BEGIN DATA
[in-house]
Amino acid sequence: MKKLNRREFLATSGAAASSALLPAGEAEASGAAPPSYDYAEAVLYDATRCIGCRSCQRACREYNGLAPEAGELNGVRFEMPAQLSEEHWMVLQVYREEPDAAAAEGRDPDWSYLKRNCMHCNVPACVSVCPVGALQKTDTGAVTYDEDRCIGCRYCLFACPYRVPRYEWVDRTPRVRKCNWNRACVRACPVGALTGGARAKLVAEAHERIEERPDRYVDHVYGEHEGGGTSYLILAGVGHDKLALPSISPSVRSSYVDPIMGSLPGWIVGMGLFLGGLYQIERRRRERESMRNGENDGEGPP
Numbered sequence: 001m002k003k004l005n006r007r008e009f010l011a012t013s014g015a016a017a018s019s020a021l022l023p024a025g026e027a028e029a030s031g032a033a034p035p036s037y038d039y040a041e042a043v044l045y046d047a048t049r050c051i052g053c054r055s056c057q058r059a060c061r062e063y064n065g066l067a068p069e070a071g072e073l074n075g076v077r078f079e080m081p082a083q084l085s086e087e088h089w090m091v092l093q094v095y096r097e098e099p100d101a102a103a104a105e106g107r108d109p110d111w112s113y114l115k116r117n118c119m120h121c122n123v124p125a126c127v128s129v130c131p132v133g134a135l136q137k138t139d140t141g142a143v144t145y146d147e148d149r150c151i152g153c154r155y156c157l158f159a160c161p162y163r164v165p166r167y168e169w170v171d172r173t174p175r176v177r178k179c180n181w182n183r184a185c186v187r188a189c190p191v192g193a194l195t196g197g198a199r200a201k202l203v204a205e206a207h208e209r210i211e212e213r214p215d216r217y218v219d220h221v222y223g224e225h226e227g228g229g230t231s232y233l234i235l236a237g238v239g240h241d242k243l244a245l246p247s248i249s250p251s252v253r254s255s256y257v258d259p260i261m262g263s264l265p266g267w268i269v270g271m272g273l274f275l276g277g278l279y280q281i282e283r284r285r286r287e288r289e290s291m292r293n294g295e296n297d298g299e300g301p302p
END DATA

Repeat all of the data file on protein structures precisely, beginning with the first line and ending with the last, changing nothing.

[in-house]
Amino acid sequence: MKKLNRREFLATSGAAASSALLPAGEAEASGAAPPSYDYAEAVLYDATRCIGCRSCQRACREYNGLAPEAGELNGVRFEMPAQLSEEHWMVLQVYREEPDAAAAEGRDPDWSYLKRNCMHCNVPACVSVCPVGALQKTDTGAVTYDEDRCIGCRYCLFACPYRVPRYEWVDRTPRVRKCNWNRACVRACPVGALTGGARAKLVAEAHERIEERPDRYVDHVYGEHEGGGTSYLILAGVGHDKLALPSISPSVRSSYVDPIMGSLPGWIVGMGLFLGGLYQIERRRRERESMRNGENDGEGPP
Numbered sequence: 001m002k003k004l005n006r007r008e009f010l011a012t013s014g015a016a017a018s019s020a021l022l023p024a025g026e027a028e029a030s031g032a033a034p035p036s037y038d039y040a041e042a043v044l045y046d047a048t049r050c051i052g053c054r055s056c057q058r059a060c061r062e063y064n065g066l067a068p069e070a071g072e073l074n075g076v077r078f079e080m081p082a083q084l085s086e087e088h089w090m091v092l093q094v095y096r097e098e099p100d101a102a103a104a105e106g107r108d109p110d111w112s113y114l115k116r117n118c119m120h121c122n123v124p125a126c127v128s129v130c131p132v133g134a135l136q137k138t139d140t141g142a143v144t145y146d147e148d149r150c151i152g153c154r155y156c157l158f159a160c161p162y163r164v165p166r167y168e169w170v171d172r173t174p175r176v177r178k179c180n181w182n183r184a185c186v187r188a189c190p191v192g193a194l195t196g197g198a199r200a201k202l203v204a205e206a207h208e209r210i211e212e213r214p215d216r217y218v219d220h221v222y223g224e225h226e227g228g229g230t231s232y233l234i235l236a237g238v239g240h241d242k243l244a245l246p247s248i249s250p251s252v253r254s255s256y257v258d259p260i261m262g263s264l265p266g267w268i269v270g271m272g273l274f275l276g277g278l279y280q281i282e283r284r285r286r287e288r289e290s291m292r293n294g295e296n297d298g299e300g301p302p